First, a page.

The Greek pharmaceutical industry : a study of the national and sectoral interface within a system of innovation context
Forming part of the pre-existing Systems Thinking tradition, the Systems of
Innovation (SI) approach has provided a robust set of tools and methodologies for the
study of innovation at different levels, having managed to overcome many of the
criticisms leveled on traditional Systems Thinking views.
The study of national and sectoral systems of innovation, however, has resulted in the
emergence of interesting questions regarding their 'coexistence'. The main question
that this thesis aims to address is how the interplay of national and sectoral systems
affects the decision making process at the micro leveL The Greek pharmaceutical
industry was used as the point of focus during the study, having received little
attention within the systems of innovation context. Studies of this nature traditionally
concentrated on frontier systems such as the USA, UK and Japan.
Using fundamental system concepts, an SI typology was constructed as the basis for
national and sectoral system taxonomies; these laid the ground for a novel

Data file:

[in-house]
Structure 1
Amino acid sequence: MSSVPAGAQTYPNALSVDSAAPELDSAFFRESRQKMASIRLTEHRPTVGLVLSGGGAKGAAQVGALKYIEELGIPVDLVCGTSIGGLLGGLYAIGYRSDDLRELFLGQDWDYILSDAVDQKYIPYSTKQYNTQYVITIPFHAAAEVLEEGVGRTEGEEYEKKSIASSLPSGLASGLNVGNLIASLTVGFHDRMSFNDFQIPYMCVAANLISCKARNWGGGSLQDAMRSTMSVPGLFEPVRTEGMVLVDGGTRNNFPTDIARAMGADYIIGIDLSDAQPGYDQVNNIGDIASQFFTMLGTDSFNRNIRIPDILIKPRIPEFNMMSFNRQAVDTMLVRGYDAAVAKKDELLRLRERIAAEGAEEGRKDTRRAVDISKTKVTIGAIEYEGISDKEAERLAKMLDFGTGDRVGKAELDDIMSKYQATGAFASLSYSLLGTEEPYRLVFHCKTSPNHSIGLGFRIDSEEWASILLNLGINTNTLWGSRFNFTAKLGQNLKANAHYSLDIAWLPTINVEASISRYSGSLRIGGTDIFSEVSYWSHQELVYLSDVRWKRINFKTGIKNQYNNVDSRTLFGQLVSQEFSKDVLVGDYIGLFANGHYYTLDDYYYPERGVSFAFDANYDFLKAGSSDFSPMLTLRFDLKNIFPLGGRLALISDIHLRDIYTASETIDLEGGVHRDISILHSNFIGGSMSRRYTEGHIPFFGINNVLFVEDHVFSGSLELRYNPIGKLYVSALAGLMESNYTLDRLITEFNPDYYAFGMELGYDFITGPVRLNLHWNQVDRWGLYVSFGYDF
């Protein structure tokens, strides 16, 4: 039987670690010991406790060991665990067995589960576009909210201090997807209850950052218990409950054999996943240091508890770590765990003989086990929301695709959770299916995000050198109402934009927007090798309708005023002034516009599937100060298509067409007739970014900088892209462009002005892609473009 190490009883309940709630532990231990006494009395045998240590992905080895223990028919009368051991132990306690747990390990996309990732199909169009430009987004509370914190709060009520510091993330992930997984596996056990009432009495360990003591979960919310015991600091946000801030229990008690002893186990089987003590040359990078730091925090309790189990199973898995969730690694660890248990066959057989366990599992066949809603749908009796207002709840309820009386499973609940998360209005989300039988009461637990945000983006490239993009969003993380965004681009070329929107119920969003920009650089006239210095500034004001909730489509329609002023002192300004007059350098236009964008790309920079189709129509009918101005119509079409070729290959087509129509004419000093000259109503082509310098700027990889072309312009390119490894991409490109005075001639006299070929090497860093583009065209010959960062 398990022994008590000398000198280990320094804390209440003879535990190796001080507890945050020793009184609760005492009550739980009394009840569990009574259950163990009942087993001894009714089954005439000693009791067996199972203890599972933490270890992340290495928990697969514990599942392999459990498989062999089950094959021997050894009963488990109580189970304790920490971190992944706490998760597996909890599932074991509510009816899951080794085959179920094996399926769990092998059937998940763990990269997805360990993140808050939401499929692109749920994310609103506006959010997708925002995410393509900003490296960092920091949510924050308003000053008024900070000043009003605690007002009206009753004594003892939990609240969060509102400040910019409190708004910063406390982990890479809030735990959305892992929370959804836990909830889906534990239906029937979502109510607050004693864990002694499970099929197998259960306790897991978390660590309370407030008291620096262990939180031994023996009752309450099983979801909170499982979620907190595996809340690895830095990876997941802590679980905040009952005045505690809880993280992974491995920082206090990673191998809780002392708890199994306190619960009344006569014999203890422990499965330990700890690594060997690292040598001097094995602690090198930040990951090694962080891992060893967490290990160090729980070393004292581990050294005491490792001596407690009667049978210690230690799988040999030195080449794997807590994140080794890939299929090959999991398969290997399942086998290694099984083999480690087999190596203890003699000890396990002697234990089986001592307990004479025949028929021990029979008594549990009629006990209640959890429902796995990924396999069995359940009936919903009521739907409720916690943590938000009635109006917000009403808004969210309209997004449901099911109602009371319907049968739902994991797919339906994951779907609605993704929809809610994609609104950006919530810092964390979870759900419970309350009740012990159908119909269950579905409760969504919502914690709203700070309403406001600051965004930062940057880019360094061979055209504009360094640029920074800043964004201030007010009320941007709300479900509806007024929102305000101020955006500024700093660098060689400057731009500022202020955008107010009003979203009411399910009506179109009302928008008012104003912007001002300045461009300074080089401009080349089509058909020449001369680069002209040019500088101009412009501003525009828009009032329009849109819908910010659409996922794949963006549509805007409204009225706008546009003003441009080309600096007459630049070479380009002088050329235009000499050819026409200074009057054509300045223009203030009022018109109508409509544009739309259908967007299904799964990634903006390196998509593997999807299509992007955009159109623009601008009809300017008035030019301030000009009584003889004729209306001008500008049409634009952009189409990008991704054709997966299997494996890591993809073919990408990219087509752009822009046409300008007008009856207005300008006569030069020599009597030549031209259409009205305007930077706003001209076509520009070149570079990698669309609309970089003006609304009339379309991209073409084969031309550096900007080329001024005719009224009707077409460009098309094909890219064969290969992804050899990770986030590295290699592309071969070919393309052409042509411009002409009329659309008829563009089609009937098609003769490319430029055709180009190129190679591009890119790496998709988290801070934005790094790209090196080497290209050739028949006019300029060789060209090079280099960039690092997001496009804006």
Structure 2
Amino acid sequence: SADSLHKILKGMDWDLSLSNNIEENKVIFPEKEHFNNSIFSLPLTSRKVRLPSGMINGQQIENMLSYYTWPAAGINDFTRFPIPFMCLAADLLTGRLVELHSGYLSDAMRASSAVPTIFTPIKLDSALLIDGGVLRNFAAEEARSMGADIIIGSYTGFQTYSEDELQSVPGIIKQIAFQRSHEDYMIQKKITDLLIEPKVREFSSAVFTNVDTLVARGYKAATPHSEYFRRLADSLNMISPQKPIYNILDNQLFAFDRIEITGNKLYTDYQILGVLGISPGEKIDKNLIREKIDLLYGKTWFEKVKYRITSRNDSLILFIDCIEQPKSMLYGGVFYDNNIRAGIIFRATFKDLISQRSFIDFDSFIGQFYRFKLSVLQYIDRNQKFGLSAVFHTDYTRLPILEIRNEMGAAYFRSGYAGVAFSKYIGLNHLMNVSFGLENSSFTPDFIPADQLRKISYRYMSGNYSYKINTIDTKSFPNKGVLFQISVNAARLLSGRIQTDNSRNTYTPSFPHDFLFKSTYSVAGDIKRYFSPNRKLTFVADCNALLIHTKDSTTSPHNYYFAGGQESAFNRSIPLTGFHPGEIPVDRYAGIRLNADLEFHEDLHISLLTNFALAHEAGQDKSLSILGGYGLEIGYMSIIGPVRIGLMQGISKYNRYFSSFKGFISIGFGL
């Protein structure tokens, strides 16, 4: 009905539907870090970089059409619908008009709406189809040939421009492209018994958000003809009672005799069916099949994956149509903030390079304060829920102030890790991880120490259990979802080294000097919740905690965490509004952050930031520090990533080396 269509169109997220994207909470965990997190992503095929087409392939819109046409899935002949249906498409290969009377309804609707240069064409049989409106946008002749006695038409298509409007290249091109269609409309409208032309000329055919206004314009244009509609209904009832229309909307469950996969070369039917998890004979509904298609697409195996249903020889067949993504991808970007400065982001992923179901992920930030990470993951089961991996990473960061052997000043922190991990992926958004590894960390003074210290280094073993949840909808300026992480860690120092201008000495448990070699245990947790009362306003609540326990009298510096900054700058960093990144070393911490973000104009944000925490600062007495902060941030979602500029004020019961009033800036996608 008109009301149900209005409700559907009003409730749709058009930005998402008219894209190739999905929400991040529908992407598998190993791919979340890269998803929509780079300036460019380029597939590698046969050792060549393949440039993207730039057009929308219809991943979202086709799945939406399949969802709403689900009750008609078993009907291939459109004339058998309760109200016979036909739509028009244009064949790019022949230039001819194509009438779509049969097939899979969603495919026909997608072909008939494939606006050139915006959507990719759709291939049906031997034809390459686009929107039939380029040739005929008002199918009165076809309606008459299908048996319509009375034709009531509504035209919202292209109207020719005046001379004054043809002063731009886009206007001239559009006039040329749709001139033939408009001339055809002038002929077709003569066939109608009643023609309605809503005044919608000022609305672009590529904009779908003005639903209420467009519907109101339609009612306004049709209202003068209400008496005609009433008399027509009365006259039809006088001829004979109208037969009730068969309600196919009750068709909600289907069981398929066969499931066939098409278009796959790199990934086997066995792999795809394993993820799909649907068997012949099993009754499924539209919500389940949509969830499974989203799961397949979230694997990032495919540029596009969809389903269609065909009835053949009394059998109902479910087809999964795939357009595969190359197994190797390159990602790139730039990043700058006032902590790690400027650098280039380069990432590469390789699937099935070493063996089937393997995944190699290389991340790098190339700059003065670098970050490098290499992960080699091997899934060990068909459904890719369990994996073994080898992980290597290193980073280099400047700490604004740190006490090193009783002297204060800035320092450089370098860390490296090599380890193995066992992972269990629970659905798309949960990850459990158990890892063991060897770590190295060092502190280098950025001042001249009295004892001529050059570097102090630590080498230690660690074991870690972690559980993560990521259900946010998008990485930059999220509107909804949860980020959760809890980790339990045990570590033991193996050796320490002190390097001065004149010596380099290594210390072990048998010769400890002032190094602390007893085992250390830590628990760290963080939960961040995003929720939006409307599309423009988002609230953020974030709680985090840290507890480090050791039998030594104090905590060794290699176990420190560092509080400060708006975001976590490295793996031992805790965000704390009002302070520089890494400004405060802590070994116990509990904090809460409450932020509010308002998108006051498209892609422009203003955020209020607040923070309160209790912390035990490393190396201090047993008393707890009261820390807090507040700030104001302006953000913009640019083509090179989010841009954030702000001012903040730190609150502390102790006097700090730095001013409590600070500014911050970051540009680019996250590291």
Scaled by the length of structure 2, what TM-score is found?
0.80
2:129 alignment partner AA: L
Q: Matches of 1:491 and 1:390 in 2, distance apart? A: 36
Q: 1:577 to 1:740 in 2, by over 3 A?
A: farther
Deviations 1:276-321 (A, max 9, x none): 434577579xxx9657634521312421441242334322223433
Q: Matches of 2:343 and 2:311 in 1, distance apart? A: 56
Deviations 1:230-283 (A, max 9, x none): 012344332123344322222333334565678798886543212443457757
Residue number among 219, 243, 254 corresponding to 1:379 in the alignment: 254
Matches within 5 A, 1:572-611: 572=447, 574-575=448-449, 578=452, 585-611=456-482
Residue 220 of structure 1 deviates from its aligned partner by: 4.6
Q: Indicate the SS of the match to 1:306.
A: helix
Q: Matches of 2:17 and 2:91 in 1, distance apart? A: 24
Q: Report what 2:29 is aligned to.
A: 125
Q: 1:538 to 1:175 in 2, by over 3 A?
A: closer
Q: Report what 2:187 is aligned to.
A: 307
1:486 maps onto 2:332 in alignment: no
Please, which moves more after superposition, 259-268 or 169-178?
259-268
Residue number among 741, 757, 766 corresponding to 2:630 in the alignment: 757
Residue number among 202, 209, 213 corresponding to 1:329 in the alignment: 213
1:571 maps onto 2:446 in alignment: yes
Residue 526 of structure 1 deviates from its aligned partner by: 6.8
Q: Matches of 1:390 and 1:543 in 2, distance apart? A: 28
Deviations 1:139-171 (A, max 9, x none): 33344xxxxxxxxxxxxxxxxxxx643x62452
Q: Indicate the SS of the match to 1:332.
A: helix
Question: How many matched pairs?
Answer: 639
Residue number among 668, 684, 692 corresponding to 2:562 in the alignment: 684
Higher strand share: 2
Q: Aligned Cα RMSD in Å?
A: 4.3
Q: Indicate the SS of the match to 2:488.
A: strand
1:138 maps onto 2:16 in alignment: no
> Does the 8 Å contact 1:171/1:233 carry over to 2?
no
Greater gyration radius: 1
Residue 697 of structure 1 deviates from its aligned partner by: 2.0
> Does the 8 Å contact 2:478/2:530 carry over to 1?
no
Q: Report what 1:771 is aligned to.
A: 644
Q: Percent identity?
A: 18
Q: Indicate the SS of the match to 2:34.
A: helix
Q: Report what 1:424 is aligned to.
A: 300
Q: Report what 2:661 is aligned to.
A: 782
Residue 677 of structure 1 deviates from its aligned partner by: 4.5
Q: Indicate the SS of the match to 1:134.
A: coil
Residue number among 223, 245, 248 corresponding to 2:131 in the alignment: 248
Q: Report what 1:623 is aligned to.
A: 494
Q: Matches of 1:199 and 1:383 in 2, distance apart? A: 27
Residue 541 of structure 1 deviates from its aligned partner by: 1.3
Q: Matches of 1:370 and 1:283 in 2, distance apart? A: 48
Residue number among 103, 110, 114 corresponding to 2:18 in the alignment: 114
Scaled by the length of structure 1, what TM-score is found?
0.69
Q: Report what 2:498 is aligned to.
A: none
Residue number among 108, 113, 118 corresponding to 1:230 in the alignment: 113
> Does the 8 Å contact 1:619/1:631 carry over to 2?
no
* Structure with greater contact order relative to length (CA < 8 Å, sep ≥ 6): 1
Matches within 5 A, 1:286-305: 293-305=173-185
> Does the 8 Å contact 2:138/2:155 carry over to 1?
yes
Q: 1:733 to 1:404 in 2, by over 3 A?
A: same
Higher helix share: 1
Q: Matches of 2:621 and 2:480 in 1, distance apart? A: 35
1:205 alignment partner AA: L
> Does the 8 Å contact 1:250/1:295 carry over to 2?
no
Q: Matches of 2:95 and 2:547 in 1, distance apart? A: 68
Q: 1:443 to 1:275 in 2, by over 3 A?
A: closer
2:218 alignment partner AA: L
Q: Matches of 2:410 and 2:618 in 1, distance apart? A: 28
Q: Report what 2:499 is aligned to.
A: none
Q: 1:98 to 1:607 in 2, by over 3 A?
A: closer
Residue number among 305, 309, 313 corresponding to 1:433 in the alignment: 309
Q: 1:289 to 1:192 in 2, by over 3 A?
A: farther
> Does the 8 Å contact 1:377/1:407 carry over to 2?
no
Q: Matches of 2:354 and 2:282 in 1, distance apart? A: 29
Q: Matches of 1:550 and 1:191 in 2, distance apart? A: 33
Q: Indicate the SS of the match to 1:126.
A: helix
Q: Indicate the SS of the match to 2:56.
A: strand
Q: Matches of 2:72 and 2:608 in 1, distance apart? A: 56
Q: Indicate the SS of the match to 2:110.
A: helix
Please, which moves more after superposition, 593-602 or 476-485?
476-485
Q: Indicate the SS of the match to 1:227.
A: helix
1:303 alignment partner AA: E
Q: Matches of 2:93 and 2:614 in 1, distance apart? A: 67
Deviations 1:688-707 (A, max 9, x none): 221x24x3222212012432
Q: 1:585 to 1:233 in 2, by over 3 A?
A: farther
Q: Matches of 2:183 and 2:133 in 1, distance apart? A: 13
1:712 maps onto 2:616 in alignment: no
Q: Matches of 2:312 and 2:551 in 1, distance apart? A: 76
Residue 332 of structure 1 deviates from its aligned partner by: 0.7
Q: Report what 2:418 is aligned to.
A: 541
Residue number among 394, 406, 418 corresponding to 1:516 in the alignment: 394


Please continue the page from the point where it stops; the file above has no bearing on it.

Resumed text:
methodological approach, which combined SI tools within an Input/Output analysis in
order to fully analyse the pharmaceutical industry at the microleveL The empirical
data on the Greek pharmaceutical industry depict the ways its decision makers
perceive the effects of national and sectoral system influences. The thesis
demonstrates that national influences are still instrumental in shaping corporate
decisions within all Greek pharmaceutical industry activities.
This research constitutes the first study that focuses on the Greek pharmaceutical
industry through a system of innovation perspective and the findings, combined with
the use of novel methodological tools, could potentially form the basis of further
examinations into the interplay of SI at various levels, affecting management
strategies and policies. The thesis further contributes to SI theory by providing a new
perspective on the study of national and sectoral systems of innovation and their
coexistence at the microlevel and thus it could form the starting point for a new field
of study within the SI literature.